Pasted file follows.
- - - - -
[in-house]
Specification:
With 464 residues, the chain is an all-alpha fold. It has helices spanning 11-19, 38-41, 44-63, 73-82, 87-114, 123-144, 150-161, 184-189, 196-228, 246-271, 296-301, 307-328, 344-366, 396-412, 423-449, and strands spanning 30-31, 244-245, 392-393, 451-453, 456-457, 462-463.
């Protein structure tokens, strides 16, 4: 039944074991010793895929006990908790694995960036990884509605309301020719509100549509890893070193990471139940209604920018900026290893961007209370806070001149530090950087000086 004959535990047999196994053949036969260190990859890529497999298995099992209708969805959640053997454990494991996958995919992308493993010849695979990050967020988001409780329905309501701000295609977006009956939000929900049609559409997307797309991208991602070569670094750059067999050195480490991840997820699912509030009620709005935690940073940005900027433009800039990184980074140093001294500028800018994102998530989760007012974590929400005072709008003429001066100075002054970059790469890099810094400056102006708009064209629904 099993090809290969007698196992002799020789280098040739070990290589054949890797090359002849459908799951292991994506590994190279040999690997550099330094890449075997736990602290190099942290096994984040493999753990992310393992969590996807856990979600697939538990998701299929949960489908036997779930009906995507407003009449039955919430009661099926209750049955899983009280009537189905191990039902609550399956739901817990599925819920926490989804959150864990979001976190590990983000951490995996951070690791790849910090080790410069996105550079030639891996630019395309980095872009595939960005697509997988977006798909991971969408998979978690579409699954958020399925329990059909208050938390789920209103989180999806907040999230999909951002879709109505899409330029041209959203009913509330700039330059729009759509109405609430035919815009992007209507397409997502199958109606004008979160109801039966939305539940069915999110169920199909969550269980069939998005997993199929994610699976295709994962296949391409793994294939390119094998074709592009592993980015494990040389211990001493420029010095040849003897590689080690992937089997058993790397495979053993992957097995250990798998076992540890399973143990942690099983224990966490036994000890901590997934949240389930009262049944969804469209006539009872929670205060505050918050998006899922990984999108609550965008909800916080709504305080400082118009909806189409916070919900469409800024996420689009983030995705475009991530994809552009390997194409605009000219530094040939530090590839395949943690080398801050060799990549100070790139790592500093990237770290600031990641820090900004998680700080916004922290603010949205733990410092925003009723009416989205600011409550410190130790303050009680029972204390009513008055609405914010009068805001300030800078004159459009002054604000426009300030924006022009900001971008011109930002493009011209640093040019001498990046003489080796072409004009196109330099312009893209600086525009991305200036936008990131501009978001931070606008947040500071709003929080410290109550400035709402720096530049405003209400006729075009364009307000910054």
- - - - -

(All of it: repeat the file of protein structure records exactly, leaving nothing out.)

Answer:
[in-house]
Specification:
With 464 residues, the chain is an all-alpha fold. It has helices spanning 11-19, 38-41, 44-63, 73-82, 87-114, 123-144, 150-161, 184-189, 196-228, 246-271, 296-301, 307-328, 344-366, 396-412, 423-449, and strands spanning 30-31, 244-245, 392-393, 451-453, 456-457, 462-463.
């Protein structure tokens, strides 16, 4: 039944074991010793895929006990908790694995960036990884509605309301020719509100549509890893070193990471139940209604920018900026290893961007209370806070001149530090950087000086 004959535990047999196994053949036969260190990859890529497999298995099992209708969805959640053997454990494991996958995919992308493993010849695979990050967020988001409780329905309501701000295609977006009956939000929900049609559409997307797309991208991602070569670094750059067999050195480490991840997820699912509030009620709005935690940073940005900027433009800039990184980074140093001294500028800018994102998530989760007012974590929400005072709008003429001066100075002054970059790469890099810094400056102006708009064209629904 099993090809290969007698196992002799020789280098040739070990290589054949890797090359002849459908799951292991994506590994190279040999690997550099330094890449075997736990602290190099942290096994984040493999753990992310393992969590996807856990979600697939538990998701299929949960489908036997779930009906995507407003009449039955919430009661099926209750049955899983009280009537189905191990039902609550399956739901817990599925819920926490989804959150864990979001976190590990983000951490995996951070690791790849910090080790410069996105550079030639891996630019395309980095872009595939960005697509997988977006798909991971969408998979978690579409699954958020399925329990059909208050938390789920209103989180999806907040999230999909951002879709109505899409330029041209959203009913509330700039330059729009759509109405609430035919815009992007209507397409997502199958109606004008979160109801039966939305539940069915999110169920199909969550269980069939998005997993199929994610699976295709994962296949391409793994294939390119094998074709592009592993980015494990040389211990001493420029010095040849003897590689080690992937089997058993790397495979053993992957097995250990798998076992540890399973143990942690099983224990966490036994000890901590997934949240389930009262049944969804469209006539009872929670205060505050918050998006899922990984999108609550965008909800916080709504305080400082118009909806189409916070919900469409800024996420689009983030995705475009991530994809552009390997194409605009000219530094040939530090590839395949943690080398801050060799990549100070790139790592500093990237770290600031990641820090900004998680700080916004922290603010949205733990410092925003009723009416989205600011409550410190130790303050009680029972204390009513008055609405914010009068805001300030800078004159459009002054604000426009300030924006022009900001971008011109930002493009011209640093040019001498990046003489080796072409004009196109330099312009893209600086525009991305200036936008990131501009978001931070606008947040500071709003929080410290109550400035709402720096530049405003209400006729075009364009307000910054």